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The Unpredictable Drake Passage

Updated on August 7, 2007

Calm Drake Passage

First Iceberg Sighting

Drake Passage

My Drake Passage Experience

The Drake Passage is named after Sir Frances Drake, the English explorer who first sailed on it. It is the roughest sea on earth, due to the large amount of water that is squeezed through in a short amount of time. The area is also very geologically active, due to plate movements under the Passage. The South Shetland Islands average 100 earthquakes a year.

I spent two days on the Drake Passage on the way to Antarctica and two days on the way back to Ushuaia. The first day was pretty smooth for the Drake, and the second day was rougher, but not as rough as the Drake can get. The return trip was about the same as the second day. I did not get seasick, so I enjoyed the waves splashing on the bow deck when the deck was not closed. Always remember: one hand on the ship at all times, and when it is rougher, both hands on the ship.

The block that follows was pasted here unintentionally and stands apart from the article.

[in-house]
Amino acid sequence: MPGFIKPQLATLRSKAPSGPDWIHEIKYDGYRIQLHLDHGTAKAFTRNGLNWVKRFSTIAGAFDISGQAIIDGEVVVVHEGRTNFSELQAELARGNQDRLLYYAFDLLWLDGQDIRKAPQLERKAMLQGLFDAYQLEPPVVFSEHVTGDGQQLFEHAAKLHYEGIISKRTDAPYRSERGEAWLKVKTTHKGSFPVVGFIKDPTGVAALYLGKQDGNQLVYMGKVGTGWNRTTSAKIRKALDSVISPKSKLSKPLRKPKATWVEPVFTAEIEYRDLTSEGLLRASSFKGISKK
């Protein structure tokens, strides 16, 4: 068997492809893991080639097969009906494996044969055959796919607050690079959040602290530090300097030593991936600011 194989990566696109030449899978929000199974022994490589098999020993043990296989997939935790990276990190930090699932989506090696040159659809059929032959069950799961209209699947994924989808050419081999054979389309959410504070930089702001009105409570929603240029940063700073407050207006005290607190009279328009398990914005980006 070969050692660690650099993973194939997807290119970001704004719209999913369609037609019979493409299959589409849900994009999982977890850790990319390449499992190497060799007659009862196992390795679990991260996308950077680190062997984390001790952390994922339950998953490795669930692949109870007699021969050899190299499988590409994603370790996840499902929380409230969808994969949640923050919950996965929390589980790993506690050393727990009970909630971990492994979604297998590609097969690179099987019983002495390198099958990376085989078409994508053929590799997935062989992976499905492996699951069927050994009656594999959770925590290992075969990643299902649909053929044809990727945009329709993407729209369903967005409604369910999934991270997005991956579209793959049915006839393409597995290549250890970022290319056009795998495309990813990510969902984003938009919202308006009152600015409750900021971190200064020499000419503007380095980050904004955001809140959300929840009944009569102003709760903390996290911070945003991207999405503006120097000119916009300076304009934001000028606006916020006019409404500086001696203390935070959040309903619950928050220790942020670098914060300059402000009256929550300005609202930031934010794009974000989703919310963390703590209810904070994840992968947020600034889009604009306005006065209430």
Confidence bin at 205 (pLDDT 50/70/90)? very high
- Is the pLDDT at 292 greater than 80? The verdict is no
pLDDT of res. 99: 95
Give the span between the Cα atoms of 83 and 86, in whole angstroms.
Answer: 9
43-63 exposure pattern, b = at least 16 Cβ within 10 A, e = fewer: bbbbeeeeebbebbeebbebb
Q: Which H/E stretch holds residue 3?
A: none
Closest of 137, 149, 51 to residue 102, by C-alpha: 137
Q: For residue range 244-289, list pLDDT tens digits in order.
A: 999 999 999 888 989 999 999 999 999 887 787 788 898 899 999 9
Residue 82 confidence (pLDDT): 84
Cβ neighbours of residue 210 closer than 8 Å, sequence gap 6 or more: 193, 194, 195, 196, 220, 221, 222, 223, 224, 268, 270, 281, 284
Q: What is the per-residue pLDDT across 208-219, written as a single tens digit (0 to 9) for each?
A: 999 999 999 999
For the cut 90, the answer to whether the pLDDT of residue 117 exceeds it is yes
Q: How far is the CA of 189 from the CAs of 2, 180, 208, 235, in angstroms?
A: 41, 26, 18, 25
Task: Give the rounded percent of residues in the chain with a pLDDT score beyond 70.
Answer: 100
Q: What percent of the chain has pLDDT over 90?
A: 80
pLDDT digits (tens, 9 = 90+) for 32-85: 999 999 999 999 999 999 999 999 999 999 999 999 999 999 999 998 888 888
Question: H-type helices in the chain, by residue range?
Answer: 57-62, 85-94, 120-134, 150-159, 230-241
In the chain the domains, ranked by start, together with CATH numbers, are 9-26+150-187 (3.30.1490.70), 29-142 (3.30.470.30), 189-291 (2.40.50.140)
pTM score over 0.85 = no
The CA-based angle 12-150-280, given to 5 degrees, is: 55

The Drake Passage is a great place for bird-watching, if you’re not seasick. Our ship was being followed by albatrosses during most of the trip through the Passage. There were also petrel and prion sightings during the crossing. The specific birds I saw were the Wandering Albatross (these birds may not touch land for up to 7 years at a time), the Grey-headed Albatross, the Southern Giant Petrel, the Wilson’s Storm Petrel, the Cape Petrel, the Soft-Plumaged Petrel, and the Antarctic Prion. These seabirds spend 90% of their lives over the ocean. To deal with the salt water, they have a salt gland that takes the salt out of the water and secretes it through the nostrils.

The Passage is also a great place for whale-watching. During our crossings, we saw a Southern Beaked Whale and a Southern Bottle-Nosed Dolphin.

On the afternoon of our second day on the Drake Passage, I saw my first iceberg. It was a tabular iceberg, meaning it looks like a table, as it name suggests. It was the first sign that we were nearing Antarctica. On our way back, the last iceberg was what really signaled we were leaving Antarctica to return to the real world.


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